You know, once in a while you talk to somebody who really thinks differently. Chuck Redfearn and the history him and his father set for Redlee/SCS Company should be a lesson for all of us. Chuck, an entrepreneur, has built a successful company in Dallas, Texas. He’s also built his family and his business, together. What was very interesting when I got to know Redlee and their company and their history, is how much family and the business were interwoven and very intentionally. This company was built to be an intergenerational company. Chuck has a clear vision that this company will continue through his children to his grandchildren and things are being built that way. But it’s not just about building a sleepy business and passing it onto the children. Redlee is all about growth, the future, improvement, and enhancement. All the things we would expect in a company that somebody was positioning for a sale, but with a very family serviced and family oriented environment.
It’s an amazing combination. No pressure to sell to the outside, but a desire to stabilize and grow the business so that it will truly stand the test of time. Plans are in place to transition the ownership from generation number two, with Chuck, to generation number three where Christi Redfearn will run the company. There’s time for play too. Chuck recounted the days when he used to work around the clock and worked very hard to keep the business going. Now, moving into today he has more time for his family where he gets a little bit of time in the morning before he starts work, and through the evenings where he has a protected period of time after he leaves the office until his employees are able to reach him again. He’s truly developed a work life and a family business/non-business balance.
Now it’s not without challenges. There are certainly risks and difficulties in trying to have your family integrating your business. For this business, they found a unique way of keeping all of the pieces together. There are many lessons for all of us in the interview, which you can listen to on the McBride for Business live podcast, (being one of the 50 state tour interviews). Chuck taught us several things.
#1 You have to have a vision for the future. Redlee knew from the beginning what they wanted. They wanted to be a family company and they wanted to grow. While their vision has surely been revised over their 35-year history, it is held to as part of their decision making and process.
#2 You have to have a unique selling proposition. Redlee is in the janitorial services business. Many people would view it to be a very sleepy and boring business, but Chuck has made the company different in that they focused on service. They knew that service would be key and they built systems, processes, customer service, and follow-up in ways that other companies in the industry haven’t. This service gives them their unique selling advantage and allows them to be recognized by others as being a leader and gives the customers a reason to come to them. There’s clearly a choice to be made when you’re picking a janitorial service. Rather than competing on the lowest price, like so many others are, they compete on the quality and the headache-free service they provide their customers. The customers that want it, understand the value and they work with them.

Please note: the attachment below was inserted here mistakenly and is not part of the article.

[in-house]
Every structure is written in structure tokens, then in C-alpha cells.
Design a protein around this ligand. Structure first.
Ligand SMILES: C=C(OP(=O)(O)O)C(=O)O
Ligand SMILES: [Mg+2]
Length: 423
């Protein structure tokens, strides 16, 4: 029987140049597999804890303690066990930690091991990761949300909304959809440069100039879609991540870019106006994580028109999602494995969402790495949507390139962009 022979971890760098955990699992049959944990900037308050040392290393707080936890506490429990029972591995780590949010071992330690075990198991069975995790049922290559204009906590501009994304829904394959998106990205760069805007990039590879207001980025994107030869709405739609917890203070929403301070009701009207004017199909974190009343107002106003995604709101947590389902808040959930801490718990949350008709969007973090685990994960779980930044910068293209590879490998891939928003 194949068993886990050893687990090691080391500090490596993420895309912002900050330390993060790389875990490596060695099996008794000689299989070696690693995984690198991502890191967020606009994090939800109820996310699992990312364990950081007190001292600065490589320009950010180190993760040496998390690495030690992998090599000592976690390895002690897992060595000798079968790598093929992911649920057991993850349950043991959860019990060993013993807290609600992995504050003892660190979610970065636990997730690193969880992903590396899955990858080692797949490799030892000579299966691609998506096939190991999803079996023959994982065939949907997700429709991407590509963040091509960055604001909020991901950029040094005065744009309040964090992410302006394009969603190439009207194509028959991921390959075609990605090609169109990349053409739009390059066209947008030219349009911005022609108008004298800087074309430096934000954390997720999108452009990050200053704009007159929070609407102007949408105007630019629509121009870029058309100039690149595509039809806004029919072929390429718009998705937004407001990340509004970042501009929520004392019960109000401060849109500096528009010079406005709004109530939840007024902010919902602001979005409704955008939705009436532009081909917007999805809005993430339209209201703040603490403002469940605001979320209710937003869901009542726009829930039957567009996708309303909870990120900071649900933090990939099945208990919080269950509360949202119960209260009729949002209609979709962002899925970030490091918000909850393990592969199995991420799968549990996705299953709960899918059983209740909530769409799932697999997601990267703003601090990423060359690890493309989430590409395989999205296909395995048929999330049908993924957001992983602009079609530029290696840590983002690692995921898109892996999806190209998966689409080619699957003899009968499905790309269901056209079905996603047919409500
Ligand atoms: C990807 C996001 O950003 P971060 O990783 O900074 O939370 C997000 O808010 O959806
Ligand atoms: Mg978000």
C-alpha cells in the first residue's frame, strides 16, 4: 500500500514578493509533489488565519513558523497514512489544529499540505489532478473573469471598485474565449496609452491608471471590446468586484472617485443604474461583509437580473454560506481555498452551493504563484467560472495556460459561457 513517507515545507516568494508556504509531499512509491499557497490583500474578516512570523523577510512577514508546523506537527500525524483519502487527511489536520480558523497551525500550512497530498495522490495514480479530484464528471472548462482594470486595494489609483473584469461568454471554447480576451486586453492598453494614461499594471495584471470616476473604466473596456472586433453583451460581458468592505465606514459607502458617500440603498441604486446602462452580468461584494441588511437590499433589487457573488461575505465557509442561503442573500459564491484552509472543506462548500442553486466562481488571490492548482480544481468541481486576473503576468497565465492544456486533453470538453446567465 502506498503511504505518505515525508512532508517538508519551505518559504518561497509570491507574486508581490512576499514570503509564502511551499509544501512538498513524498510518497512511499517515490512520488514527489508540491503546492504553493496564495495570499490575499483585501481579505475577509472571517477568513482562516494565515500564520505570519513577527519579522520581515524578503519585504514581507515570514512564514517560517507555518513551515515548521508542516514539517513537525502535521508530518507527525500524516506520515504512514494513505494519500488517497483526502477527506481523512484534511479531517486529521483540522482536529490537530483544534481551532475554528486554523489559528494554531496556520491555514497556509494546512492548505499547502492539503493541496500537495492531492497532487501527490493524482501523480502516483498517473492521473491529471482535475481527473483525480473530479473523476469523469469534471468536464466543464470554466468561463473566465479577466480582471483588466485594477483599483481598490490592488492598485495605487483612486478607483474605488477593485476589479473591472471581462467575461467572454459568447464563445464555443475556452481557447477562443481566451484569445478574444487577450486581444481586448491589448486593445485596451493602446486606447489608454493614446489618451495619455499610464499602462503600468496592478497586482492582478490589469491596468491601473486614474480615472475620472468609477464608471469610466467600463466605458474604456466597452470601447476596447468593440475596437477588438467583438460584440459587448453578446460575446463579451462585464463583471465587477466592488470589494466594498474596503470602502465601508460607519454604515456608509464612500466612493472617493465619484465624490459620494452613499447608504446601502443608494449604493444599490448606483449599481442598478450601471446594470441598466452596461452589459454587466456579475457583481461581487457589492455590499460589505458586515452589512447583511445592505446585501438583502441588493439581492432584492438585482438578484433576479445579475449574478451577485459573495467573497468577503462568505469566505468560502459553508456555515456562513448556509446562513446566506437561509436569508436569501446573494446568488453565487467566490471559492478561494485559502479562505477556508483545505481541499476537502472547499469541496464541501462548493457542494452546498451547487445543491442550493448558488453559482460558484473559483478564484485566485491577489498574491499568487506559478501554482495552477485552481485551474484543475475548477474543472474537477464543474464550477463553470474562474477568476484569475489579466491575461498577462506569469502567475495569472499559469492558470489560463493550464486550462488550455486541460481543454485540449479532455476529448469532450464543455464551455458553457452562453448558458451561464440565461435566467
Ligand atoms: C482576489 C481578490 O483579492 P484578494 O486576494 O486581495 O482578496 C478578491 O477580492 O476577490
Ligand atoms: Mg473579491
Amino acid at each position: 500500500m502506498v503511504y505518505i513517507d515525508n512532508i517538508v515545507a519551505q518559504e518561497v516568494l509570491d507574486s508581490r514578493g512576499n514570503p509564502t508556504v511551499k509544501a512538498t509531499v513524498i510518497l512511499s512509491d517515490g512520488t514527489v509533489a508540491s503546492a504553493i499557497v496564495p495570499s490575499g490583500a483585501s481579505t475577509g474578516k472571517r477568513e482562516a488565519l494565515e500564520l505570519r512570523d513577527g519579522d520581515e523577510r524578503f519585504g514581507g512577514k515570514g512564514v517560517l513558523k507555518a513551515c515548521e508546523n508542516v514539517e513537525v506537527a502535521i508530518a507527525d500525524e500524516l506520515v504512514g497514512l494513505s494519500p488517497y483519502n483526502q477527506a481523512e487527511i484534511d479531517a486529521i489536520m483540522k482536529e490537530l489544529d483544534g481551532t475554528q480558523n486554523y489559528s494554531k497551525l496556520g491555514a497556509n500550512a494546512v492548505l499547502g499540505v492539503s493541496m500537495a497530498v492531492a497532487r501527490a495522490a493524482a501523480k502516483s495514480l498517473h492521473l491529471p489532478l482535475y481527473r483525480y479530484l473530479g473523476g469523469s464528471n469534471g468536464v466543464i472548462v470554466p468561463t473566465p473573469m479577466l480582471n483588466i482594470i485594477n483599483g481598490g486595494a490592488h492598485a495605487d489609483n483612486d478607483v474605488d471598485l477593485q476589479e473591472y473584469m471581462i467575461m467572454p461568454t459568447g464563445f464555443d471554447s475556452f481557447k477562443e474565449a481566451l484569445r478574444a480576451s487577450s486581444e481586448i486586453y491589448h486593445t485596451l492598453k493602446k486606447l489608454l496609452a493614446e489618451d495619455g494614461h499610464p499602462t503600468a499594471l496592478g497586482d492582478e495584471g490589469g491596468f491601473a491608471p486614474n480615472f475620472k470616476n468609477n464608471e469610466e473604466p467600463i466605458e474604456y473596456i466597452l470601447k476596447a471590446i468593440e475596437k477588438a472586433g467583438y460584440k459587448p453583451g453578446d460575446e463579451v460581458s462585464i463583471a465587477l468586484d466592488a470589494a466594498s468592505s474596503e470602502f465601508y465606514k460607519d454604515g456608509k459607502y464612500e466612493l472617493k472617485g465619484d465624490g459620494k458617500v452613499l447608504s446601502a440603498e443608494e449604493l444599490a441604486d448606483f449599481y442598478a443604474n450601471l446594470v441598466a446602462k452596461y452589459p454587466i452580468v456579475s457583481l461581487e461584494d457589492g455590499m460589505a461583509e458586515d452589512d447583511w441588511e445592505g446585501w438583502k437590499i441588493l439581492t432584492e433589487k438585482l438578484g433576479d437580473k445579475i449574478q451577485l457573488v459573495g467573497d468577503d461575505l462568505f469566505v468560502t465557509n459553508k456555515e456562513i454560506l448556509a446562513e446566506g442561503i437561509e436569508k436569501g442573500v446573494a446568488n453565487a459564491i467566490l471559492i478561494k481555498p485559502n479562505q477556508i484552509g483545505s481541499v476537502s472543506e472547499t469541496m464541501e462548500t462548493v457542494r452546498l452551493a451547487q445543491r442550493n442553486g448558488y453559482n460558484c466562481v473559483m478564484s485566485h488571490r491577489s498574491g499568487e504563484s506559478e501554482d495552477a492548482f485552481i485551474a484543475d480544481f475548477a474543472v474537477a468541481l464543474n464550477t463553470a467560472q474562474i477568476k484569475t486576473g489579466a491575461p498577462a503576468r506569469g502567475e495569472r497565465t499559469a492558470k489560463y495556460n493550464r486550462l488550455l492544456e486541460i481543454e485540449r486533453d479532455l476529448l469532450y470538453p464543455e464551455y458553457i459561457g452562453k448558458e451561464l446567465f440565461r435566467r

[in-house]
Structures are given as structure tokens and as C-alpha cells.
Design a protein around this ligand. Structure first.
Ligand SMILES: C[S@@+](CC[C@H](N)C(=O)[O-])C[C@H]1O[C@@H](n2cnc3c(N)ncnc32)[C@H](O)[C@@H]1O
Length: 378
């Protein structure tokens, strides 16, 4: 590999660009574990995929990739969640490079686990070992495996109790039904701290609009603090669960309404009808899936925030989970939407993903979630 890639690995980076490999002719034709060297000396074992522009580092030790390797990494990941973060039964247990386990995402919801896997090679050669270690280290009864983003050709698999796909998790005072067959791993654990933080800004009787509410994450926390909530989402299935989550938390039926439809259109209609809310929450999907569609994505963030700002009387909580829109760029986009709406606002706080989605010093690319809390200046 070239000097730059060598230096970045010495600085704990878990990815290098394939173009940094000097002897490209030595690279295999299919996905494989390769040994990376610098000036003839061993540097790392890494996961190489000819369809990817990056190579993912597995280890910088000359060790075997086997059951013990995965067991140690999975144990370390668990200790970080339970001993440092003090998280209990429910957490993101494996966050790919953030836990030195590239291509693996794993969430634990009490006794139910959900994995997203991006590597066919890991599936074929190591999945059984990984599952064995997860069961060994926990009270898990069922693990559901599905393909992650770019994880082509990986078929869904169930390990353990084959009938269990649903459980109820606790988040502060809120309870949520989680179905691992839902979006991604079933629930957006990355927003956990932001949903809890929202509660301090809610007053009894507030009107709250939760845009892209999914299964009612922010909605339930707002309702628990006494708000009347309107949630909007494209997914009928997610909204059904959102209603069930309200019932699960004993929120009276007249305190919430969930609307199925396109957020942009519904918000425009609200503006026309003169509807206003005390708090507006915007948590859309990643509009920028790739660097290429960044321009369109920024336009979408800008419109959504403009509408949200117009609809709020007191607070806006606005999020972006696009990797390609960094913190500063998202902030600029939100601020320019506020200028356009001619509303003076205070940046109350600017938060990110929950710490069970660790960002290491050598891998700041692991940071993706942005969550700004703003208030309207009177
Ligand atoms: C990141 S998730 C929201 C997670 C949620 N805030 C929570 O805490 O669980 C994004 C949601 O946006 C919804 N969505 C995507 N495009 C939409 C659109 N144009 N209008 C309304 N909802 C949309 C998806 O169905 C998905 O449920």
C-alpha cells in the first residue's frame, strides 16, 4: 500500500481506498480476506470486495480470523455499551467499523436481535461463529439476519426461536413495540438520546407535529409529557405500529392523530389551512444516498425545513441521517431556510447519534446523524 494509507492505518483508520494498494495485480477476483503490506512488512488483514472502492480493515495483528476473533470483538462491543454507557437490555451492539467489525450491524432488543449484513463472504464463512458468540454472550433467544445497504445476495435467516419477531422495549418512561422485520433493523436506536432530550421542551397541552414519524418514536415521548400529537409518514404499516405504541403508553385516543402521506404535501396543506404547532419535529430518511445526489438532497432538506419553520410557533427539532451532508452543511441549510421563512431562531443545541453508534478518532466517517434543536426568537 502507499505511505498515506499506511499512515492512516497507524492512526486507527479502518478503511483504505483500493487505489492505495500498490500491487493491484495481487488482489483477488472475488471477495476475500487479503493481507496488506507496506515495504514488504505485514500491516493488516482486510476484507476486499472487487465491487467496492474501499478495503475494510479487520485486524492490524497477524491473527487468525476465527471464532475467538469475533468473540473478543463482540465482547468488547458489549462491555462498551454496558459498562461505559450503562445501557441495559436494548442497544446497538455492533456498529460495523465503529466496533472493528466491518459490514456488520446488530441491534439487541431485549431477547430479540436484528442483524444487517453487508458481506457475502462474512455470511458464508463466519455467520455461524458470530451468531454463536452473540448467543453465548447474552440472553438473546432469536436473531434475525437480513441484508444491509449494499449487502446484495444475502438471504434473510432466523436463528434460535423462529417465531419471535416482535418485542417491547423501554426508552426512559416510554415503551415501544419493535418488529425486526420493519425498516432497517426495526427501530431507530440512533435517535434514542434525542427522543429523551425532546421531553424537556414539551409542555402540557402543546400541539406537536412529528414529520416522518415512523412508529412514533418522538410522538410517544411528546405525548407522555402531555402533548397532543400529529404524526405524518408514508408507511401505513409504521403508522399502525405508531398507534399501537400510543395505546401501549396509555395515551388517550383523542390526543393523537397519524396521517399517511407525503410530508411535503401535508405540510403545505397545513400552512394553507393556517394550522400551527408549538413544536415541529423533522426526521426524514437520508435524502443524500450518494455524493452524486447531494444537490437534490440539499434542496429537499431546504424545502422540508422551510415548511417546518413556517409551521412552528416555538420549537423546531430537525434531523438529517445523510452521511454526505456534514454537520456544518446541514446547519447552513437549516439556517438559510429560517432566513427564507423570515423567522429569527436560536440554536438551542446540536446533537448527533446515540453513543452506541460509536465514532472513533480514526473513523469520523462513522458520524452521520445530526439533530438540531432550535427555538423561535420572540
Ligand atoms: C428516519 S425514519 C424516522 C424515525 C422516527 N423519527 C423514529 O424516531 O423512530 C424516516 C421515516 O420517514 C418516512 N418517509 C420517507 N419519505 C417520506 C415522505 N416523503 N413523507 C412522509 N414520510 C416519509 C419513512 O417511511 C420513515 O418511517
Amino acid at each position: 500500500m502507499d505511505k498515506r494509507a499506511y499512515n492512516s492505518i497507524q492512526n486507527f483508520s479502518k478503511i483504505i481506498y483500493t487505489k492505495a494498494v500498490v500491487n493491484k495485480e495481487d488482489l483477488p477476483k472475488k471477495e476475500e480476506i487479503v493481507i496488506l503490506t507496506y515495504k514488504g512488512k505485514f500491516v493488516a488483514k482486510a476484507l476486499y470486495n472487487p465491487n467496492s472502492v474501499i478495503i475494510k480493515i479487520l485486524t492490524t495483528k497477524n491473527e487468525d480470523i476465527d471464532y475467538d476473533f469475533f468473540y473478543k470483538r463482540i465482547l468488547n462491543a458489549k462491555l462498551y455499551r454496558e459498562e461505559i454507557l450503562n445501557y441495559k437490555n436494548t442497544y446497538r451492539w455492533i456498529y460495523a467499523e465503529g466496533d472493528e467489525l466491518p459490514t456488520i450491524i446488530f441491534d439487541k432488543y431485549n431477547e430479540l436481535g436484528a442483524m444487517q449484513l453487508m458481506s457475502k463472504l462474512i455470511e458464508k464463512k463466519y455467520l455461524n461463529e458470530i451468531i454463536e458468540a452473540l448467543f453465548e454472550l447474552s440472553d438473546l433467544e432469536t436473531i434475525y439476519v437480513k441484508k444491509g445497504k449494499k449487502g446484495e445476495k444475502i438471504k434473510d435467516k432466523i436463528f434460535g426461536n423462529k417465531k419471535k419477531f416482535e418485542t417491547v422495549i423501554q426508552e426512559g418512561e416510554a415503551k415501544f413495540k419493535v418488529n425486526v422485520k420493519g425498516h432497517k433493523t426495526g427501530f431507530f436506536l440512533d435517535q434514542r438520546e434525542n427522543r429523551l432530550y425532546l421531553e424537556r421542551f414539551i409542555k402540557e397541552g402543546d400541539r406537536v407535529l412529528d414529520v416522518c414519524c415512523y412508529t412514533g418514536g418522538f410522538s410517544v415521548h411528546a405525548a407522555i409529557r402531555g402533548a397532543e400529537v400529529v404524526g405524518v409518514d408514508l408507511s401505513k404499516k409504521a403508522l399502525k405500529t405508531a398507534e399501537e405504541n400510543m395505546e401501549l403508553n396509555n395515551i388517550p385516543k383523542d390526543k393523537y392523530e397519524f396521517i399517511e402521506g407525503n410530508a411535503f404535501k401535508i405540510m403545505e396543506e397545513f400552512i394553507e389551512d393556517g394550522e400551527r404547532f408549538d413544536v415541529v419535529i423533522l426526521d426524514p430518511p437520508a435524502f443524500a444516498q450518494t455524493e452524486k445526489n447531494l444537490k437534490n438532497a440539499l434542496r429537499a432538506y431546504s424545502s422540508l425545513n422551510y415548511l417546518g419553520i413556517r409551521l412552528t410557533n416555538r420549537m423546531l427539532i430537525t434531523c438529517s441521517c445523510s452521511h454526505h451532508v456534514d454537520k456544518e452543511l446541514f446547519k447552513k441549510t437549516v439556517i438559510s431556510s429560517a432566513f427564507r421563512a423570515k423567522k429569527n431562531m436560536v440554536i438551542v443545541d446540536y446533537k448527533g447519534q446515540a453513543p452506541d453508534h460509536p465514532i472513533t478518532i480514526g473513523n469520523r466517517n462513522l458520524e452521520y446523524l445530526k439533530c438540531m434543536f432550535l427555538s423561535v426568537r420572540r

#3 You have to think differently. Redlee’s thinking about family, holding the business together, and growing over generations. This is a rare combination. We do find many businesses that want to stay within the family, and we do find businesses that want to grow. We find very few businesses that are working so hard to be intentional about growth, but also be intentional about the family’s development and maintenance of the business. Redlee knows full well that many family businesses fail in the third generation, and they don’t want that to happen to them, so they’re very intentional about their decision making, how they’re allocating their time, and what they’re doing with the business. All in all what we see here is a very, very successful business involving multiple family members, including three generations at this point. The original founder is on the board of directors, son Chuck is running the business, and daughter Christi is very integrated into the business and working to assume the CEO role.
There are many lessons in this podcast about what’s right in American business. I think you’ll enjoy listening to my interview with Chuck. It was certainly a very enjoyable time to sit down with him and relax and listen to the evolution of his company and their current challenges and their positioning for the future. If you’re looking for janitorial services, I highly recommend you reach out to them and see if there might be a fit. They do have a real concern for quality and for making the customer happy.
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This posting is intended to be a tool to familiarize readers with some of the issues discussed herein. This is not meant to be a comprehensive discussion and additional details should be discussed with your attorneys, accountants, consultants, bankers and other business planners who can provide advice for your circumstances. Each case is unique. Past results do not guarantee future outcomes. This article should not be treated as legal advice to any person or entity. Freeimages.com/photographer elemntz11.
About the Author
R. Shawn McBride is the Chief Innovation Officer at McBride For Business, LLC. His signature keynote, The 3 Laws of Empowerment, gives audiences an entertaining look at how they can prepare, plan and protect themselves. You can email R. Shawn McBride or (214) 418-0258.